Google should lock up Chrome passwords with a master key to make casual thieves work harder, a security expert said Thursday.
"Google ought to at least be protecting the storage of [Chrome's password] data with a master password," said Andrew Storms, senior director of DevOps at CloudPassage, in an IM interview.
Storms was reacting to the blow-up this week after software developer Elliott Kember noticed that Chrome lets anyone with physical access to a computer easily spy and snoop on saved passwords.
Kember called Chrome's practice an "insane password security strategy."
Chrome stores passwords at the user's request, then recalls them automatically for site and service log-ins. A quick trip to the browser's address bar -- type "chrome://settings/passwords" there -- displays accounts, usernames and passwords.
Although the passwords are disguised with asterisks, one click on the "Show" button and the password appears in plain text.
Kember objected to Chrome's system. "There's no master password, no security, not even a prompt that 'these passwords are visible,'" he wrote. Anyone with access to the computer -- a co-worker, say, or a child or spouse on a shared system -- could easily pilfer passwords from the browser. "Today, go up to somebody non-technical. Ask to borrow their computer. Visit chrome://settings/passwords and click 'Show' on a few. See what they have to say," Kember said.
Chrome has always handled passwords this way, but the quick explosion of commentary on the Web signaled that few knew as much.
Google didn't help its case, or Chrome's long-touted reputation as a secure browser, when Jason Shuh, the browser's security tech lead, dismissed the complaints in a message on Hacker News, where he said the password access wasn't an oversight, but by design.
"We don't want to provide users with a false sense of security, and encourage risky behavior," Shuh said to the critics who wondered why Chrome did not, at least, require a second-level password -- a "master key" in the parlance -- to access the in-clear passwords. "We want to be very clear that when you grant someone access to your OS user account, that they can get at everything," Shuh added. "Because in effect, that's really what they get."
Storms didn't see it that way. And from the digital fisticuffs triggered by Shuh's comments, nor did most users.
Shuh was missing the point, said Storms. "Let's agree that one needs access to the computer where the passwords are stored," said Storms. "But they ought to be offering an additional layer of security, a master password, like Firefox does." Otherwise, he continued, there was no barrier to even spontaneous spying.
Google declined to comment on the brouhaha or whether it will react to the online beat down by changing Chrome's password handling.
Click on the 'Show' button in Chrome's saved-password UI and anyone with access to the machine sees the goods.
Chrome isn't the only browser than lets anyone with access to the machine see passwords: Mozilla's Firefox does too, although as Storms noted, it does offer an option of locking access with a second, or master, password.
Apple's Safari and Microsoft's Internet Explorer (IE) are more secure from ad hock password theft. Both require users to again enter their user account password -- the operating system's overarching log-in password -- to view saved passwords, in effect treating the user account password as a master key.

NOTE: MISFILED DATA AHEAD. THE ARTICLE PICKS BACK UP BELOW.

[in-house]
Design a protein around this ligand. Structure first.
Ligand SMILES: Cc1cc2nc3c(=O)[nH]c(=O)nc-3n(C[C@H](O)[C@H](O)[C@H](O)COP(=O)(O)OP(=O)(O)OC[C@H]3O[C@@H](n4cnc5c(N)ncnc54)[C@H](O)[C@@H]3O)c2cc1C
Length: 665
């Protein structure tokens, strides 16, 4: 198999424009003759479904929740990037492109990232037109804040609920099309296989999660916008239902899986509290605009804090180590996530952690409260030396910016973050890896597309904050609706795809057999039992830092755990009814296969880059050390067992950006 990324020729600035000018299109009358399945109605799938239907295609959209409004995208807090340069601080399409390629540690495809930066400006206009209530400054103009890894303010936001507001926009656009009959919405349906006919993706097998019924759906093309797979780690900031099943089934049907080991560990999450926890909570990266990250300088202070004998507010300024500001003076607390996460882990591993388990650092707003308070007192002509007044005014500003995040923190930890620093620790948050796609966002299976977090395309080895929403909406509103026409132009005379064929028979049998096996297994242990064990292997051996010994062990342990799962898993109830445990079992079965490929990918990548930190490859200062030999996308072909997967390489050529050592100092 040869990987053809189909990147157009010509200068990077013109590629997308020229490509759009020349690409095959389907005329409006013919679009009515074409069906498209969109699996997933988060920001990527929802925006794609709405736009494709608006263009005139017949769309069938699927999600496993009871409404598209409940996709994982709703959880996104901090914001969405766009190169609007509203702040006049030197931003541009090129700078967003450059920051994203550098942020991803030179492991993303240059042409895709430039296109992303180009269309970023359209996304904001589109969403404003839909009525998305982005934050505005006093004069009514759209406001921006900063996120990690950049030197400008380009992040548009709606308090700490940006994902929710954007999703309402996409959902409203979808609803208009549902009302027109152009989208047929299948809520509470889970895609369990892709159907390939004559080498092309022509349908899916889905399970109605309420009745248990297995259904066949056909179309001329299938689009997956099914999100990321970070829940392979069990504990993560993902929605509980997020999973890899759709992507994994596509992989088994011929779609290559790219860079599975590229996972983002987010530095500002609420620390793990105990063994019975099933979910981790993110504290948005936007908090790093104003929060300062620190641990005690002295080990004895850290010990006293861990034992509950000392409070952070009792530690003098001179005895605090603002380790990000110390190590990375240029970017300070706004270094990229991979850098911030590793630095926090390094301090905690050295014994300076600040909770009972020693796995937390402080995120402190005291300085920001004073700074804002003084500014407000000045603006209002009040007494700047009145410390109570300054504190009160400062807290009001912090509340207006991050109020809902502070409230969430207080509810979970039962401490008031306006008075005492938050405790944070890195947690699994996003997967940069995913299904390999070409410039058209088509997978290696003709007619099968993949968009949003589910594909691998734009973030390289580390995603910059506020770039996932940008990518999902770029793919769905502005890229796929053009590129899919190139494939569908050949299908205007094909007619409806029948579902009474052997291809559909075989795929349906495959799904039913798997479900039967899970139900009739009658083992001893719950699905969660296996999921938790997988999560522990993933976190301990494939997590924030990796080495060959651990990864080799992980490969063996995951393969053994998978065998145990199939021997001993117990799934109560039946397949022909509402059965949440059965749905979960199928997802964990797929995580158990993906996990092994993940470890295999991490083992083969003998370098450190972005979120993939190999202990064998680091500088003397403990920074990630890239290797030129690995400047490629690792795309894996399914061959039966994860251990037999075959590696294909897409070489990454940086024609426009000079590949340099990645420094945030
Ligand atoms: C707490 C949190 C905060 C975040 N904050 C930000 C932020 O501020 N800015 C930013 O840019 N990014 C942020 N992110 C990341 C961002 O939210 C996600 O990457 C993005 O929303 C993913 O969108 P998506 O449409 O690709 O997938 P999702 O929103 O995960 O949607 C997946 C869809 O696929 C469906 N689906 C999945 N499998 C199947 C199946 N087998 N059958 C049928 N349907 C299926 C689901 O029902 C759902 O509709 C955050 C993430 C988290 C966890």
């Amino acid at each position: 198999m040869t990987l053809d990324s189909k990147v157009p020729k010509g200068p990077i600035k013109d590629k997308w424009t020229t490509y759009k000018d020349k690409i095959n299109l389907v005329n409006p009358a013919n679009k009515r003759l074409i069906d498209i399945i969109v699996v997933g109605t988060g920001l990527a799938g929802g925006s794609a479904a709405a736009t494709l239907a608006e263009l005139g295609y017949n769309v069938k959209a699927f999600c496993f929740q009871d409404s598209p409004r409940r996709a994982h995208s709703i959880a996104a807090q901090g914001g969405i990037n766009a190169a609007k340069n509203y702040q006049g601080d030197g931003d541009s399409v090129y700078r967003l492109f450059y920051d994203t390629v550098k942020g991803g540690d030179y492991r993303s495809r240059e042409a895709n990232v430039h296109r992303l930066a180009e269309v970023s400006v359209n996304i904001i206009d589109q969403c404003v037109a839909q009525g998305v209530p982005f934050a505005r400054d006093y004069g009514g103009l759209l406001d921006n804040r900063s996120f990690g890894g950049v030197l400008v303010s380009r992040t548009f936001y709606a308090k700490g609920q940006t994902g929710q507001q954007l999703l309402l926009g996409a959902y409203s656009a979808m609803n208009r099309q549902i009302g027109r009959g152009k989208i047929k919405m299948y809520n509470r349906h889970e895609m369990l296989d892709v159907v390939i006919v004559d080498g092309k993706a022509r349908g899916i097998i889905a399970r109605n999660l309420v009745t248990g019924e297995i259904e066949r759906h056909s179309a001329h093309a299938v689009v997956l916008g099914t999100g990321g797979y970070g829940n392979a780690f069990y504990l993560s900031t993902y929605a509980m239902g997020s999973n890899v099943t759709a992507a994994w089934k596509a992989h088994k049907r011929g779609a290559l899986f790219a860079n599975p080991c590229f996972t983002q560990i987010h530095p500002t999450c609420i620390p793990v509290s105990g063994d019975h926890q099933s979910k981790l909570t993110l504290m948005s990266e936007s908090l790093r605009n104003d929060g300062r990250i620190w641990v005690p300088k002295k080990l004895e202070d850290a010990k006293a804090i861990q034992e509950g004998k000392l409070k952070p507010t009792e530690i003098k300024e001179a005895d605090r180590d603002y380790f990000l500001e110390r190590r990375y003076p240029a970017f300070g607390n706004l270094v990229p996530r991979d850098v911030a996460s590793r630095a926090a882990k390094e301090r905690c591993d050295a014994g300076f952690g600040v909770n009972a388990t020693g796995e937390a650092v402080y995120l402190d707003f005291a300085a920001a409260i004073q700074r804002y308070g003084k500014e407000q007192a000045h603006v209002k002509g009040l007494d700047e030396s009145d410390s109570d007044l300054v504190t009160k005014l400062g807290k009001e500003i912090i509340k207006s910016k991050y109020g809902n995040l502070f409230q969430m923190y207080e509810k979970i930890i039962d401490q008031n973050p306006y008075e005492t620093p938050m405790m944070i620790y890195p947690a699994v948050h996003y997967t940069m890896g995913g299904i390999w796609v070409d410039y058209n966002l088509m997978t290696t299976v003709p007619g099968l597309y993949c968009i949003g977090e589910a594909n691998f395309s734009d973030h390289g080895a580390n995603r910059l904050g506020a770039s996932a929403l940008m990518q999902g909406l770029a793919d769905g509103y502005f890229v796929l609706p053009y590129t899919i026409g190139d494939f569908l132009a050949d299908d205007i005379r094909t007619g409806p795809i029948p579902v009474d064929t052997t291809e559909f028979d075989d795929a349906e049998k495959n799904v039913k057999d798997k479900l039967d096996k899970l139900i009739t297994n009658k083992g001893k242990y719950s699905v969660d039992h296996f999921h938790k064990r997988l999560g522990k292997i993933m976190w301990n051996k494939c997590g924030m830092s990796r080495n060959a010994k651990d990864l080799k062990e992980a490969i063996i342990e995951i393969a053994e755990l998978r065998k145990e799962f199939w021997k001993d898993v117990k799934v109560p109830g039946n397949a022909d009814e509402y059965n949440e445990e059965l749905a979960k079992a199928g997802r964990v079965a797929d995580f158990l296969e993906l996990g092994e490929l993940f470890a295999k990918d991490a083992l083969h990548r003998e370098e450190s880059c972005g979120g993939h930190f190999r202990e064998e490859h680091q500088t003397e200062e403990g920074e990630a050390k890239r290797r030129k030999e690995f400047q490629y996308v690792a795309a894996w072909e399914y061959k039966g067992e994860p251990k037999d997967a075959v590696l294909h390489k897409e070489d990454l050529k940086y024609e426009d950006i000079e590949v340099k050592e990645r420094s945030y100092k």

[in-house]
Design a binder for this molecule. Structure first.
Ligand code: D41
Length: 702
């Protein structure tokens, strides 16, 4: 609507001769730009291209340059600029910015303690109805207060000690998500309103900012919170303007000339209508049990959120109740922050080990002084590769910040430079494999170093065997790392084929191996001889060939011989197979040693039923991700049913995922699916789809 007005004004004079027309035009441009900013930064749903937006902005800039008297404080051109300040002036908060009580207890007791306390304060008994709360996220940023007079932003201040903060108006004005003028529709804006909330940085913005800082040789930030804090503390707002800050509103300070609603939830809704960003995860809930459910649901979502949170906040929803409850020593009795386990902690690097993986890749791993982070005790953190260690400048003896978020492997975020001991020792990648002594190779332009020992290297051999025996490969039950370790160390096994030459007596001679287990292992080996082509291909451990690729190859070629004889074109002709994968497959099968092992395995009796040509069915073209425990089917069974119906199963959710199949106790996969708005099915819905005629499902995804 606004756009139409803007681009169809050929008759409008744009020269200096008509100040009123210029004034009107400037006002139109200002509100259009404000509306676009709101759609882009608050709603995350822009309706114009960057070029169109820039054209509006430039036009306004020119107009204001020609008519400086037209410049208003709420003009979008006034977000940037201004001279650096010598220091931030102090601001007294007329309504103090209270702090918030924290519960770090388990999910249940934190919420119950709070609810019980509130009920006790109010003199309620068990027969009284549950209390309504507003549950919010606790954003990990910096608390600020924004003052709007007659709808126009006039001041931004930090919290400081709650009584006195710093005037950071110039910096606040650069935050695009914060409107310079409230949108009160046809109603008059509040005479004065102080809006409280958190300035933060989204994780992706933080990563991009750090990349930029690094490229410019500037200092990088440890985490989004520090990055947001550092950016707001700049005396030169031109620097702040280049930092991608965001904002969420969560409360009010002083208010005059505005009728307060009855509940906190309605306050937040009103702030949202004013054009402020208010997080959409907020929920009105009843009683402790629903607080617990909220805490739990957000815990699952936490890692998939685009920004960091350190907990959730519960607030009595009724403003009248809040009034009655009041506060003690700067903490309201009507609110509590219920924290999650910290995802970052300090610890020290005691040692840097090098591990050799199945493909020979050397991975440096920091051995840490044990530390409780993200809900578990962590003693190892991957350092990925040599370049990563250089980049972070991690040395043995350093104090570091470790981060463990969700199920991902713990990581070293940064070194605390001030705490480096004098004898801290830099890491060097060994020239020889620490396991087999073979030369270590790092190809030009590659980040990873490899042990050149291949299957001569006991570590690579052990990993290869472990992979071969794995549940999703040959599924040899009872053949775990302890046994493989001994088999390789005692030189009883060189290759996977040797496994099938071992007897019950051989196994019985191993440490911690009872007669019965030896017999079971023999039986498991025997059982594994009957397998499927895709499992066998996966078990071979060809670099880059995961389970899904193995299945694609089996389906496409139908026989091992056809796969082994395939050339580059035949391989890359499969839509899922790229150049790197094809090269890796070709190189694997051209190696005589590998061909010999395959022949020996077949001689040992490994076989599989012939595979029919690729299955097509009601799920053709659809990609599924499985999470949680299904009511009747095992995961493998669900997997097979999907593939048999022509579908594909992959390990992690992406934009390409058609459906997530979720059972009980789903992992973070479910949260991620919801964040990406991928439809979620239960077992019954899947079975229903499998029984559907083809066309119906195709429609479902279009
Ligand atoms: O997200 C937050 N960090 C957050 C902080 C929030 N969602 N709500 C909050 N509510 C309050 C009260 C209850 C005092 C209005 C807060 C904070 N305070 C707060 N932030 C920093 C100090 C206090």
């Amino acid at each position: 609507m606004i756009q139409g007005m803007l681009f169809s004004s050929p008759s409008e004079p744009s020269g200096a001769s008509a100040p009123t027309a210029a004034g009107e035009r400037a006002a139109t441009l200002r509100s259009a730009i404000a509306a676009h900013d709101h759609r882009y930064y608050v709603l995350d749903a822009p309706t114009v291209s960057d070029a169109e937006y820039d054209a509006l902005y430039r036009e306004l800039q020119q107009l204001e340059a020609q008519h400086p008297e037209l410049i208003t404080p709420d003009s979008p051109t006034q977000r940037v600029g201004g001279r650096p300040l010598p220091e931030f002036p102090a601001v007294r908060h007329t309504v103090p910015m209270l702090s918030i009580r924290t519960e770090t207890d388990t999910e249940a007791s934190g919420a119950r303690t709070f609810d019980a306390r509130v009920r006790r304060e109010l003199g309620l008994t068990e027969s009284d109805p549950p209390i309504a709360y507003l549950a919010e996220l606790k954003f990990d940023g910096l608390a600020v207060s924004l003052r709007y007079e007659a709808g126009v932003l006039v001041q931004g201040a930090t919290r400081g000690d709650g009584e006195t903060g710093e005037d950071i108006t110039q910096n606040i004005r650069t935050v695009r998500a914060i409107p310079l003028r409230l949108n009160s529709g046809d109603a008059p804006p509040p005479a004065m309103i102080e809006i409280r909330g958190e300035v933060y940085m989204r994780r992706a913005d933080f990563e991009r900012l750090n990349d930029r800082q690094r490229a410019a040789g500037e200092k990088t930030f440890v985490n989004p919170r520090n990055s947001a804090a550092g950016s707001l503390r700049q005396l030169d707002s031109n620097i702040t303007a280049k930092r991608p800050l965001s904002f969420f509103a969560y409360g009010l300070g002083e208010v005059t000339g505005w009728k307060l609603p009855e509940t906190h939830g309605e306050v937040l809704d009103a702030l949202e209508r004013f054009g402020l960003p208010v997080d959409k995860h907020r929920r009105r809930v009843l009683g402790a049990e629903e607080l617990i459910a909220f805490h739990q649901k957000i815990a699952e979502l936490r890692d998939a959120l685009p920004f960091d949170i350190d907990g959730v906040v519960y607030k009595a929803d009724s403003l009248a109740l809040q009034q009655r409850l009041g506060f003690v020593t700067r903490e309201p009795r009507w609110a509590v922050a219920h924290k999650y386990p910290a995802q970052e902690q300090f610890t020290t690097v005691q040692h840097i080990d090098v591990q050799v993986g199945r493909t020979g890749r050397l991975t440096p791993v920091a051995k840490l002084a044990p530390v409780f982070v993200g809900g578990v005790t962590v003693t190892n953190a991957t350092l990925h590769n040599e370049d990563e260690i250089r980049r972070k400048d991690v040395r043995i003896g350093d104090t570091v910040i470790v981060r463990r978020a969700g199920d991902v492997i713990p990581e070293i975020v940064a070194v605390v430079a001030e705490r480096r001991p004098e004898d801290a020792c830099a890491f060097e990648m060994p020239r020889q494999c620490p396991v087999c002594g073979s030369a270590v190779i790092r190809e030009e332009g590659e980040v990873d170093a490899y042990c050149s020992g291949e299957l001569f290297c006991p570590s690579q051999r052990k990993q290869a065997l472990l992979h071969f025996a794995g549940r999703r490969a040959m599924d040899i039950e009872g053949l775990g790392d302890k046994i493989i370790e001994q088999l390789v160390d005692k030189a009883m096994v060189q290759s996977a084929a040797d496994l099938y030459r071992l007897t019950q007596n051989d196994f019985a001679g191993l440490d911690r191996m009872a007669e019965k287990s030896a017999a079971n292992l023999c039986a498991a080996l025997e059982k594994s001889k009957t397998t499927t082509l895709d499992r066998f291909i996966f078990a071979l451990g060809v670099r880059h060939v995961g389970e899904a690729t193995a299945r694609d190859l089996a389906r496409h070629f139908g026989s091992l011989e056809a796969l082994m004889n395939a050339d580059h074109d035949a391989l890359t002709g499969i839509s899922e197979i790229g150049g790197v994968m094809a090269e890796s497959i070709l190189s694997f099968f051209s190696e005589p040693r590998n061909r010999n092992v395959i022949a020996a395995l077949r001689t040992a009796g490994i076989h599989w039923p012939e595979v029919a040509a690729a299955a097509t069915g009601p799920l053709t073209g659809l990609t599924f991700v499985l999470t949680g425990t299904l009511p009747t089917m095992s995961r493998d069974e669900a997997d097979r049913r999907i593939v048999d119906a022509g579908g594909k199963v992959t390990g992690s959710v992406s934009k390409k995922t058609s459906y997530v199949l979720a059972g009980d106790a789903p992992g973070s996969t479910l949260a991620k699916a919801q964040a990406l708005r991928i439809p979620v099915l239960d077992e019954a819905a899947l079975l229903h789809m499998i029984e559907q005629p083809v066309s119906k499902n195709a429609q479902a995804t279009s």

All four browsers encrypt the password file, some using stronger encryption than others. But Chrome and Firefox automatically call on the existing user account password to decrypt the file without asking the person in front of the key to lift a finger.
Put plainly, the casual thief who steps up to the keyboard of a running PC or Mac has to also know the user account password to view Safari's and IE's password file. But they can immediately see its contents on Chrome, as well as on Firefox if no master key has been set earlier.
Thus, Storms' call for Google to add an optional master password to Chrome so that it's at least on par with Firefox. Requiring people to type in the user account password once again would be even better.
This week's Chrome password crisis was not news: The issue has come up before, although the blow-back this time has been staggering in comparison. "That was my first reaction, actually," said Storms when asked whether the new brouhaha is a tempest in a teacup, or is legitimate. "It's been like that for a long time ... [so] why now and doesn't everyone already know this?"
But Storms wasn't downplaying the concern of critics. "It is a rather strange situation, since Chrome drove to the top of the list [based on it being] the most secure browser from online malware," he said.
Inserting a master key requirement into Chrome should not be a big deal, code-wide, Storms said. "I wouldn't think it would be that difficult for them," he said.
Users reluctant to let Chrome or any other browser save passwords have options, Storms said, notably password managers that are specifically designed to secure passwords while still making them readily available for site log-ins.
Storms suggested 1Password (Windows, OS X; $49.99). But there are lots of other choices, including KeePass (Windows; free), LastPass (Windows, OS X; free or $12/year for premium version) and RoboForm (Windows, OS X; $29.95).
Gregg Keizer covers Microsoft, security issues, Apple, Web browsers and general technology breaking news for Computerworld. Follow Gregg on Twitter at @gkeizer, on Google+ or subscribe to Gregg's RSS feed. His email address is firstname.lastname@example.org.
Read more about internet in Computerworld's Internet Topic Center.
Join the CIO Australia group on LinkedIn. The group is open to CIOs, IT Directors, COOs, CTOs and senior IT managers.